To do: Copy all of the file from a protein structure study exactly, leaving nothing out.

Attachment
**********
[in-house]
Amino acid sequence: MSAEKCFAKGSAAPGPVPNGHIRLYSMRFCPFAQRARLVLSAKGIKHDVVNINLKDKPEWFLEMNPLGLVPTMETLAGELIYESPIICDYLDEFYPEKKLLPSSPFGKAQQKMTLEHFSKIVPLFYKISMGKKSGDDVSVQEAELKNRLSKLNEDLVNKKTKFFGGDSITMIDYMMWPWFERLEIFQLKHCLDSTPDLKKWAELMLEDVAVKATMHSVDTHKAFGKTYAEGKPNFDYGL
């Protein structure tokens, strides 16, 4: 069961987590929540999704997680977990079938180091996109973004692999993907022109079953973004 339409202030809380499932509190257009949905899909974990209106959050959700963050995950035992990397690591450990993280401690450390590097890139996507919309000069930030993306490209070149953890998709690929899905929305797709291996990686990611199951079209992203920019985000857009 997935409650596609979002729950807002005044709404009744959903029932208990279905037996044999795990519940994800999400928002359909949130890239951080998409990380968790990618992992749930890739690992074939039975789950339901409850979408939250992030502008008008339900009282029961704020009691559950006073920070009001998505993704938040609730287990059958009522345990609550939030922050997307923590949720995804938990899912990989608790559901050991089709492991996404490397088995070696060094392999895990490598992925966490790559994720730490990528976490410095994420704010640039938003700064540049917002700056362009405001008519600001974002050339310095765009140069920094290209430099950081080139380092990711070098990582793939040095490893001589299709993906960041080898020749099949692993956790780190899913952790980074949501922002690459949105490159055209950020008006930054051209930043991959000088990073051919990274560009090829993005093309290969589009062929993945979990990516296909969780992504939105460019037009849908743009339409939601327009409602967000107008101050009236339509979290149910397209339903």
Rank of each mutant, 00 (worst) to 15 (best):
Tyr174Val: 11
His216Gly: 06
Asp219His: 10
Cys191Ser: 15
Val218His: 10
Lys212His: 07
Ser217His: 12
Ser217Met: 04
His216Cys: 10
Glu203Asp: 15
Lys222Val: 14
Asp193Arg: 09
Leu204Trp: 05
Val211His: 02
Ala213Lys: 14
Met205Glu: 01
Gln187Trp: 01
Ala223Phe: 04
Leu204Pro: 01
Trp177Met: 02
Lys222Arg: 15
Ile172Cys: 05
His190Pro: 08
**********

[in-house]
Amino acid sequence: MSAEKCFAKGSAAPGPVPNGHIRLYSMRFCPFAQRARLVLSAKGIKHDVVNINLKDKPEWFLEMNPLGLVPTMETLAGELIYESPIICDYLDEFYPEKKLLPSSPFGKAQQKMTLEHFSKIVPLFYKISMGKKSGDDVSVQEAELKNRLSKLNEDLVNKKTKFFGGDSITMIDYMMWPWFERLEIFQLKHCLDSTPDLKKWAELMLEDVAVKATMHSVDTHKAFGKTYAEGKPNFDYGL
């Protein structure tokens, strides 16, 4: 069961987590929540999704997680977990079938180091996109973004692999993907022109079953973004 339409202030809380499932509190257009949905899909974990209106959050959700963050995950035992990397690591450990993280401690450390590097890139996507919309000069930030993306490209070149953890998709690929899905929305797709291996990686990611199951079209992203920019985000857009 997935409650596609979002729950807002005044709404009744959903029932208990279905037996044999795990519940994800999400928002359909949130890239951080998409990380968790990618992992749930890739690992074939039975789950339901409850979408939250992030502008008008339900009282029961704020009691559950006073920070009001998505993704938040609730287990059958009522345990609550939030922050997307923590949720995804938990899912990989608790559901050991089709492991996404490397088995070696060094392999895990490598992925966490790559994720730490990528976490410095994420704010640039938003700064540049917002700056362009405001008519600001974002050339310095765009140069920094290209430099950081080139380092990711070098990582793939040095490893001589299709993906960041080898020749099949692993956790780190899913952790980074949501922002690459949105490159055209950020008006930054051209930043991959000088990073051919990274560009090829993005093309290969589009062929993945979990990516296909969780992504939105460019037009849908743009339409939601327009409602967000107008101050009236339509979290149910397209339903």
Rank of each mutant, 00 (worst) to 15 (best):
Tyr174Val: 11
His216Gly: 06
Asp219His: 10
Cys191Ser: 15
Val218His: 10
Lys212His: 07
Ser217His: 12
Ser217Met: 04
His216Cys: 10
Glu203Asp: 15
Lys222Val: 14
Asp193Arg: 09
Leu204Trp: 05
Val211His: 02
Ala213Lys: 14
Met205Glu: 01
Gln187Trp: 01
Ala223Phe: 04
Leu204Pro: 01
Trp177Met: 02
Lys222Arg: 15
Ile172Cys: 05
His190Pro: 08